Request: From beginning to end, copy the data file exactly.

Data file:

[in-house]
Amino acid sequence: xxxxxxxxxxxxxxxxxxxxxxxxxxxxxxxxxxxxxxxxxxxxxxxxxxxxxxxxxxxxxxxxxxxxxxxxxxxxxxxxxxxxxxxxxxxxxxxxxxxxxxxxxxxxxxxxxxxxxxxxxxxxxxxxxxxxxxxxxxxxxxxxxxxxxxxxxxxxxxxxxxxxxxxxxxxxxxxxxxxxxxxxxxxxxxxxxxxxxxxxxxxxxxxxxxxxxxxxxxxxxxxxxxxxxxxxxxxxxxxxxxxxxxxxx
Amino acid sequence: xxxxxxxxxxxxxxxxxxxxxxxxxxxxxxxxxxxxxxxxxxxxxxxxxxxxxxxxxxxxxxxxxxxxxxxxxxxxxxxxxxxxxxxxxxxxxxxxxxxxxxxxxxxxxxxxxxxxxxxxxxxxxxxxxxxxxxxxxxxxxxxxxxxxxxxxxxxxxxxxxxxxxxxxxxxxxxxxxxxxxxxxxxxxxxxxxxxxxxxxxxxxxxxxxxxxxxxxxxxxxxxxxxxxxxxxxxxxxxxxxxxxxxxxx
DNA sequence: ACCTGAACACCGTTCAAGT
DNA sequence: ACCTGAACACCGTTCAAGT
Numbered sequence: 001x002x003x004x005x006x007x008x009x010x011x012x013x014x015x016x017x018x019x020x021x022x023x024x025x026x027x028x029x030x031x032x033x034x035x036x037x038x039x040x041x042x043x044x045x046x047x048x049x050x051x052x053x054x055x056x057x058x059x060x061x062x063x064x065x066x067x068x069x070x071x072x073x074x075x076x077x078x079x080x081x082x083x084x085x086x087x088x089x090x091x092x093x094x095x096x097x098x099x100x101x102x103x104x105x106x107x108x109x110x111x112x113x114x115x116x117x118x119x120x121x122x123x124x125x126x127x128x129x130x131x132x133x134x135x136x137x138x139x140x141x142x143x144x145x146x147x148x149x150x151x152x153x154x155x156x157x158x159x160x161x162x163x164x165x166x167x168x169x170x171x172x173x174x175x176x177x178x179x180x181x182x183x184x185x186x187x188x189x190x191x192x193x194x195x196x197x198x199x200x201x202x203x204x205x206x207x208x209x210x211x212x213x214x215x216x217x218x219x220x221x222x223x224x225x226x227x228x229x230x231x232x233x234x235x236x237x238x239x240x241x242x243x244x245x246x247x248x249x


[in-house]
Amino acid sequence: xxxxxxxxxxxxxxxxxxxxxxxxxxxxxxxxxxxxxxxxxxxxxxxxxxxxxxxxxxxxxxxxxxxxxxxxxxxxxxxxxxxxxxxxxxxxxxxxxxxxxxxxxxxxxxxxxxxxxxxxxxxxxxxxxxxxxxxxxxxxxxxxxxxxxxxxxxxxxxxxxxxxxxxxxxxxxxxxxxxxxxxxxxxxxxxxxxxxxxxxxxxxxxxxxxxxxxxxxxxxxxxxxxxxxxxxxxxxxxxxxxxxxxxxx
Amino acid sequence: xxxxxxxxxxxxxxxxxxxxxxxxxxxxxxxxxxxxxxxxxxxxxxxxxxxxxxxxxxxxxxxxxxxxxxxxxxxxxxxxxxxxxxxxxxxxxxxxxxxxxxxxxxxxxxxxxxxxxxxxxxxxxxxxxxxxxxxxxxxxxxxxxxxxxxxxxxxxxxxxxxxxxxxxxxxxxxxxxxxxxxxxxxxxxxxxxxxxxxxxxxxxxxxxxxxxxxxxxxxxxxxxxxxxxxxxxxxxxxxxxxxxxxxxx
DNA sequence: ACCTGAACACCGTTCAAGT
DNA sequence: ACCTGAACACCGTTCAAGT
Numbered sequence: 001x002x003x004x005x006x007x008x009x010x011x012x013x014x015x016x017x018x019x020x021x022x023x024x025x026x027x028x029x030x031x032x033x034x035x036x037x038x039x040x041x042x043x044x045x046x047x048x049x050x051x052x053x054x055x056x057x058x059x060x061x062x063x064x065x066x067x068x069x070x071x072x073x074x075x076x077x078x079x080x081x082x083x084x085x086x087x088x089x090x091x092x093x094x095x096x097x098x099x100x101x102x103x104x105x106x107x108x109x110x111x112x113x114x115x116x117x118x119x120x121x122x123x124x125x126x127x128x129x130x131x132x133x134x135x136x137x138x139x140x141x142x143x144x145x146x147x148x149x150x151x152x153x154x155x156x157x158x159x160x161x162x163x164x165x166x167x168x169x170x171x172x173x174x175x176x177x178x179x180x181x182x183x184x185x186x187x188x189x190x191x192x193x194x195x196x197x198x199x200x201x202x203x204x205x206x207x208x209x210x211x212x213x214x215x216x217x218x219x220x221x222x223x224x225x226x227x228x229x230x231x232x233x234x235x236x237x238x239x240x241x242x243x244x245x246x247x248x249x